What Is a Skip-Payment Mortgage?

Terry Masters
Terry Masters
Man climbing a rope
Man climbing a rope

A skip-payment mortgage is a type of loan for the purchase of a house with terms that allow the borrower to skip a loan payment without going into default. The loan terms specify how many payments the borrower can skip, how often he can avail himself of this option and under what conditions. Although the lender allows the borrower to skip a loan payment, the interest on the loan continues to accrue. It is added to the principal balance of the loan, and the payment schedule is recalculated to account for the change in the outstanding loan balance.

The way the home mortgage industry operates in a particular country tends to be a reflection of public policy. In some countries, the mortgage industry is only lightly regulated. Lenders have the freedom to craft loan products that suit their own interests, and are not obligated to add consumer-friendly options. In other countries, the government has set standards that protect homeowners against default and predatory lending practices. Mortgage lenders in these countries are more likely to design loan products that are sensitive to consumer needs.

In certain countries, like Canada, the mortgage industry has designed a loan product that gives the borrower some flexibility if he has a major life issue that impacts his ability to pay the loan on a monthly basis. The skip-payment mortgage allows the borrower to skip as many as four payments. The number of payments that can be skipped and the circumstances that can trigger the option vary by lender. Some lenders only allow the borrower to skip one payment. Others let the borrower initiate the skip at his own discretion, while certain lenders require proof of a qualifying event, such as a death in the family, sickness or job loss.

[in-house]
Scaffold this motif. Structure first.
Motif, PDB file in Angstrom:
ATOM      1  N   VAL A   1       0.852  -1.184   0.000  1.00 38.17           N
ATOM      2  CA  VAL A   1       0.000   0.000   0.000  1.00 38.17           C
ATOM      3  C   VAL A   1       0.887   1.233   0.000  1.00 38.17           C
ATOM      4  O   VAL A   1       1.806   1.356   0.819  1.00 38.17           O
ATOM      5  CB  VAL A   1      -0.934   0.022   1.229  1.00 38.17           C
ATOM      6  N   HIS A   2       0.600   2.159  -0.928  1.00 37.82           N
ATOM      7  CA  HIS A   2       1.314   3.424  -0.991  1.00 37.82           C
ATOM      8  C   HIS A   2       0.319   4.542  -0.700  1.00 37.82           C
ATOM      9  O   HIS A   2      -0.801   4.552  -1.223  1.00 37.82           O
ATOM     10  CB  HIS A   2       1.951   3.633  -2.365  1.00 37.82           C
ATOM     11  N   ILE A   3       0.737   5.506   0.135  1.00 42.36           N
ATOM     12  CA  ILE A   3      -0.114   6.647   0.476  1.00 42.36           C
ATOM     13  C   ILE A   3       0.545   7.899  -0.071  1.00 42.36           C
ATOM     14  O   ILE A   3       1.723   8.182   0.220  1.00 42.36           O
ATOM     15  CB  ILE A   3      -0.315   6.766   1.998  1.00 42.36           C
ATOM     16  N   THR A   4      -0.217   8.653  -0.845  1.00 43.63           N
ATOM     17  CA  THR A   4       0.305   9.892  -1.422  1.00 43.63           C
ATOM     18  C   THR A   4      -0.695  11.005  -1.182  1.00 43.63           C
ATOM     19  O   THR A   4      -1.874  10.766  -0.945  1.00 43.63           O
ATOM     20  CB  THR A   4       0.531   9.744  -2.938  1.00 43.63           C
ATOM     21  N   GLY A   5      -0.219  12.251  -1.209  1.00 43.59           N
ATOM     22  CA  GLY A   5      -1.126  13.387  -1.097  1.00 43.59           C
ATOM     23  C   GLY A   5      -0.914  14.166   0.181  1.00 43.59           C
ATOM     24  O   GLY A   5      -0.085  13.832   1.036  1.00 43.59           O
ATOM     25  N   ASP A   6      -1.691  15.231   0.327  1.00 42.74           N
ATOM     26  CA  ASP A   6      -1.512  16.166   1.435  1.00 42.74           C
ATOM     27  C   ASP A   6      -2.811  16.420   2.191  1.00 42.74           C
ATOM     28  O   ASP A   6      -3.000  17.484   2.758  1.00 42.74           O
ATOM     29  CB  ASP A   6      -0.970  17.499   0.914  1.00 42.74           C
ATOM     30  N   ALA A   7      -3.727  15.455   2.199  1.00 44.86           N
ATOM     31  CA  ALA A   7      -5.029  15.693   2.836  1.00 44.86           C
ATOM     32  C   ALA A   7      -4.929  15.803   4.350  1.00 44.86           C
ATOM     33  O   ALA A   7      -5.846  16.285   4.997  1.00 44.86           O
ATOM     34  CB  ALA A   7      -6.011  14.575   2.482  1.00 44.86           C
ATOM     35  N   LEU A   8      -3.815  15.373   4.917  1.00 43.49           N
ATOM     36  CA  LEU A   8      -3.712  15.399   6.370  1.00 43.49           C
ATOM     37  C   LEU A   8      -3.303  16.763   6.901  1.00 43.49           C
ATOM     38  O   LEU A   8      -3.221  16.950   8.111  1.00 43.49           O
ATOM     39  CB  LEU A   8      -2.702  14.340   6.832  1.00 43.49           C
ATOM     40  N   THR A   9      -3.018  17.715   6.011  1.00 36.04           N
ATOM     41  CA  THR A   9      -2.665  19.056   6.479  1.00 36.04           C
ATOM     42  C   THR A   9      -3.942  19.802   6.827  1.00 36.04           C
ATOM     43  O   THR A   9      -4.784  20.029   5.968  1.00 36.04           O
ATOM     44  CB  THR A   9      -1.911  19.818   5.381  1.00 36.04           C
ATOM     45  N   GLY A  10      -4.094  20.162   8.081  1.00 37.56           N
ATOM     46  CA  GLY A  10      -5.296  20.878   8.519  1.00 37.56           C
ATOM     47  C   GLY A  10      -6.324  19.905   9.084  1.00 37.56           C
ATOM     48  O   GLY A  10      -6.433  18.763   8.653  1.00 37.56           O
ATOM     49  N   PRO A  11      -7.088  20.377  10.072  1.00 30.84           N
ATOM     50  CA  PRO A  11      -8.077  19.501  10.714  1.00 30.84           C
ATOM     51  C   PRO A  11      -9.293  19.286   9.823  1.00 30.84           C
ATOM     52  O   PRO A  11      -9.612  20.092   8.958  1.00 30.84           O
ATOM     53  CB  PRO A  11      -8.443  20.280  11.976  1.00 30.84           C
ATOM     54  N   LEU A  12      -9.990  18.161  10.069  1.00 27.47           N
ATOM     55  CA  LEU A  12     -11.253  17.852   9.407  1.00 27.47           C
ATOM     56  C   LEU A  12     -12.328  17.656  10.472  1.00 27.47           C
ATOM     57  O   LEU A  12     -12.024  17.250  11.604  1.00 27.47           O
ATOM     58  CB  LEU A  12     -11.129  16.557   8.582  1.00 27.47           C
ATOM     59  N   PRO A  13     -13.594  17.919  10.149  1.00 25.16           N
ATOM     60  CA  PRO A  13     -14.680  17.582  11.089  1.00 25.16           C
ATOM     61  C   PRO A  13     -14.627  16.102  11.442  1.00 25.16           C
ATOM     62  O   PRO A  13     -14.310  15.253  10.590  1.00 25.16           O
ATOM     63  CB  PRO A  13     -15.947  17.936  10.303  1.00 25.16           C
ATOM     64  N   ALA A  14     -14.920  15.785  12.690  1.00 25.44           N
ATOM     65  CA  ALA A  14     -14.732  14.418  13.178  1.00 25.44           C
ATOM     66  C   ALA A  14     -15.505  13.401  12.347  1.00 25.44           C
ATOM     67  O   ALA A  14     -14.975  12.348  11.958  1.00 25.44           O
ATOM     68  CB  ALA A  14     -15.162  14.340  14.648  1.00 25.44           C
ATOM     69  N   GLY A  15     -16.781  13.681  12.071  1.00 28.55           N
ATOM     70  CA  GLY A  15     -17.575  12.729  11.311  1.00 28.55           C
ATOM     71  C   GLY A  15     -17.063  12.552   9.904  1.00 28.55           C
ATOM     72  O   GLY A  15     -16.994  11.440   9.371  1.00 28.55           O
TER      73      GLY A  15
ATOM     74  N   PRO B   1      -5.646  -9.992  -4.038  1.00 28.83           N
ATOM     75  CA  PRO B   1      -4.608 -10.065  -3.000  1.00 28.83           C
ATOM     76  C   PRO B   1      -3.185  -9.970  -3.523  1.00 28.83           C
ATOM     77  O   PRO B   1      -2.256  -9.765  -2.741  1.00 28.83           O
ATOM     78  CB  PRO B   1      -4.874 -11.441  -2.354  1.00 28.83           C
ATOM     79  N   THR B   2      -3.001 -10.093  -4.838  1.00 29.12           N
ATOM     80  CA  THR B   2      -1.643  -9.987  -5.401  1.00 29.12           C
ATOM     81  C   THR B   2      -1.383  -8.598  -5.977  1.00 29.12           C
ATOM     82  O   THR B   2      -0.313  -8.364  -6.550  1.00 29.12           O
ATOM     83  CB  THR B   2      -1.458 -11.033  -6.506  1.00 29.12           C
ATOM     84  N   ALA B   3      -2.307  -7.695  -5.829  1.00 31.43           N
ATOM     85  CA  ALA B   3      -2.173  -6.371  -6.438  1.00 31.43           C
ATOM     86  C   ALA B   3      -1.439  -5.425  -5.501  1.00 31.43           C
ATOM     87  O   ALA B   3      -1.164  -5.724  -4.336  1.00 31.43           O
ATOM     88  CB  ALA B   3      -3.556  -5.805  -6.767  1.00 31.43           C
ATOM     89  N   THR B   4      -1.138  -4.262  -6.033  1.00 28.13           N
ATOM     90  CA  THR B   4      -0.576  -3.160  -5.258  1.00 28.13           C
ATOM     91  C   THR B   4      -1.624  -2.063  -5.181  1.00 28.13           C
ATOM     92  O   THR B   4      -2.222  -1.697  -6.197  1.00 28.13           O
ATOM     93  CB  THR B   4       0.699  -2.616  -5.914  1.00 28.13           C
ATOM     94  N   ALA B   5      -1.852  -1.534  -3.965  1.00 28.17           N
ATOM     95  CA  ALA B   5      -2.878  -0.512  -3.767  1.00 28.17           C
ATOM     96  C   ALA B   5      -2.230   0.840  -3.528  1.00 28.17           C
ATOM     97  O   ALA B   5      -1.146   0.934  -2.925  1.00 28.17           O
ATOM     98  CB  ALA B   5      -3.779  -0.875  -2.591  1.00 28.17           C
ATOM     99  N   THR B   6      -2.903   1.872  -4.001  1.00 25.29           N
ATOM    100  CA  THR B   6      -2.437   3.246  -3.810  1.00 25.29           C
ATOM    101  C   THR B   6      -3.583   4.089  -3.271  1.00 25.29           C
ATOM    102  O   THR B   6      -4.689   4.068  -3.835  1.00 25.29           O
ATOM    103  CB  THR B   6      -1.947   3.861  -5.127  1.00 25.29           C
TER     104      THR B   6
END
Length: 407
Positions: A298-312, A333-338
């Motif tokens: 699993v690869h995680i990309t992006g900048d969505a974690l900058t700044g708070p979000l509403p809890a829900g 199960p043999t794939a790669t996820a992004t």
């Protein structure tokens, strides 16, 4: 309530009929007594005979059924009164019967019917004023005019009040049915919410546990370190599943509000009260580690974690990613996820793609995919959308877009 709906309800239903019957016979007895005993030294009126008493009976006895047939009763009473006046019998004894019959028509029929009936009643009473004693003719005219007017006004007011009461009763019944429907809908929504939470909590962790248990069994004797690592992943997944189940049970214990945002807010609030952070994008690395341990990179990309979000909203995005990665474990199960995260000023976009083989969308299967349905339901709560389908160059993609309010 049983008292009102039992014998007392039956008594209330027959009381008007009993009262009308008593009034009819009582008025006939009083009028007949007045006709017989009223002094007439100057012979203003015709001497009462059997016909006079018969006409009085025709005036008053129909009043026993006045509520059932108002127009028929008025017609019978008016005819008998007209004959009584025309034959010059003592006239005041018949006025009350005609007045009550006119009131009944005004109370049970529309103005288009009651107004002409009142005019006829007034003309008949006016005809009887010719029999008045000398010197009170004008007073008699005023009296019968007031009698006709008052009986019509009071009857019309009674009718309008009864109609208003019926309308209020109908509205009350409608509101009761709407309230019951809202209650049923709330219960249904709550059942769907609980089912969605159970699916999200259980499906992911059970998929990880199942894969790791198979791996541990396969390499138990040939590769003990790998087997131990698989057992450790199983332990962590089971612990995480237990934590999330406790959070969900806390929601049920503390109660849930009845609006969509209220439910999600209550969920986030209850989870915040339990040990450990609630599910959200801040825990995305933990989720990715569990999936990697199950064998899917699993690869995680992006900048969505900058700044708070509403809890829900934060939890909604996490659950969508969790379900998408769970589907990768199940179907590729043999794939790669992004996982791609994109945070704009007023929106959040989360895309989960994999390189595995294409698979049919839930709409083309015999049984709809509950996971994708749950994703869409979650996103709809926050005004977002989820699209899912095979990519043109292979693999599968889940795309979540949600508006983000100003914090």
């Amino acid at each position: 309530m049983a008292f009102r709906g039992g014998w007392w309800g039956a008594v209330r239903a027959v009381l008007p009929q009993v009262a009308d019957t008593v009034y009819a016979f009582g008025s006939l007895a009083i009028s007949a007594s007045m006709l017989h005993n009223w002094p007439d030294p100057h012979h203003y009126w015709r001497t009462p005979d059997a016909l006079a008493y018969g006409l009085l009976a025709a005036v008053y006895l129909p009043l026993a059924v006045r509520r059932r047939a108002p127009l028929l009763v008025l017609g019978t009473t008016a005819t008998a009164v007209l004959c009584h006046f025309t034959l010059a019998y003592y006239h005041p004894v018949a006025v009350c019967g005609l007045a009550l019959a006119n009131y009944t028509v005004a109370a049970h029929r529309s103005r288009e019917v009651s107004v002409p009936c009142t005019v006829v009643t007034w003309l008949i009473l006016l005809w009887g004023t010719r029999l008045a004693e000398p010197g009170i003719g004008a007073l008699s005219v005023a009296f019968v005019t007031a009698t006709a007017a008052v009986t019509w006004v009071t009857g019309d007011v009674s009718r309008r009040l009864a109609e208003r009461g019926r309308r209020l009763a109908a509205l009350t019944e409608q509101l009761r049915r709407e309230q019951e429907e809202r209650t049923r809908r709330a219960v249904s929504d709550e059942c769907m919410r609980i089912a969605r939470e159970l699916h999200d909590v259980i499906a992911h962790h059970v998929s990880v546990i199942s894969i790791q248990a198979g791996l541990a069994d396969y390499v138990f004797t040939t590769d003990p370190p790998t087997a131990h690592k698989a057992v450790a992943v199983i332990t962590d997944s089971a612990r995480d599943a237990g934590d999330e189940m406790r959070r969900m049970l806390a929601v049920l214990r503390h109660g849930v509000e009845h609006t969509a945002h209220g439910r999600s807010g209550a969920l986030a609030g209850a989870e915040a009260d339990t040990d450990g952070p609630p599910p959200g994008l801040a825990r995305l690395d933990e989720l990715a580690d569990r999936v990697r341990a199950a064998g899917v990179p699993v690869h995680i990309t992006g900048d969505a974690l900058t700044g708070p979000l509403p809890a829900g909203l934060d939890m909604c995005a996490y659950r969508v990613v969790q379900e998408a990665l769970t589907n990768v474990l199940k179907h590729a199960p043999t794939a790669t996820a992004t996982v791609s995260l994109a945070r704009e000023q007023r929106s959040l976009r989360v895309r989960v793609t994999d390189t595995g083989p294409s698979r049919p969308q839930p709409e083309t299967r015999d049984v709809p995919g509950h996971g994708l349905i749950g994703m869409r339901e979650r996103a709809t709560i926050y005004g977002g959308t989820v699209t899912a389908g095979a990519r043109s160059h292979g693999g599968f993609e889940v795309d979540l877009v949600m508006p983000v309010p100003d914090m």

Regardless of how the lender structures the right to skip a payment, skipping the payment does not mean that the payment has been waived. On the contrary, a skip-payment mortgage continues to charge the borrower interest over the period of time that no payment is made. Interest for that time period is added to the principal balance of the loan, increasing the total amount that the borrower owes. The lender then recalculates the borrower's monthly payment or payment schedule to add in this additional amount.

This process of increasing the principal balance of a loan with excess interest owed from an insufficient or missed loan payment is called negative amortization. Although a skip-payment mortgage can be a benefit in times of emergency, the impact of skipping payments on the total amount owed must also be taken into account. A borrower can end up paying interest on the interest that has been added to the principal balance, significantly impacting the borrower's balance owed and the equity in the property.

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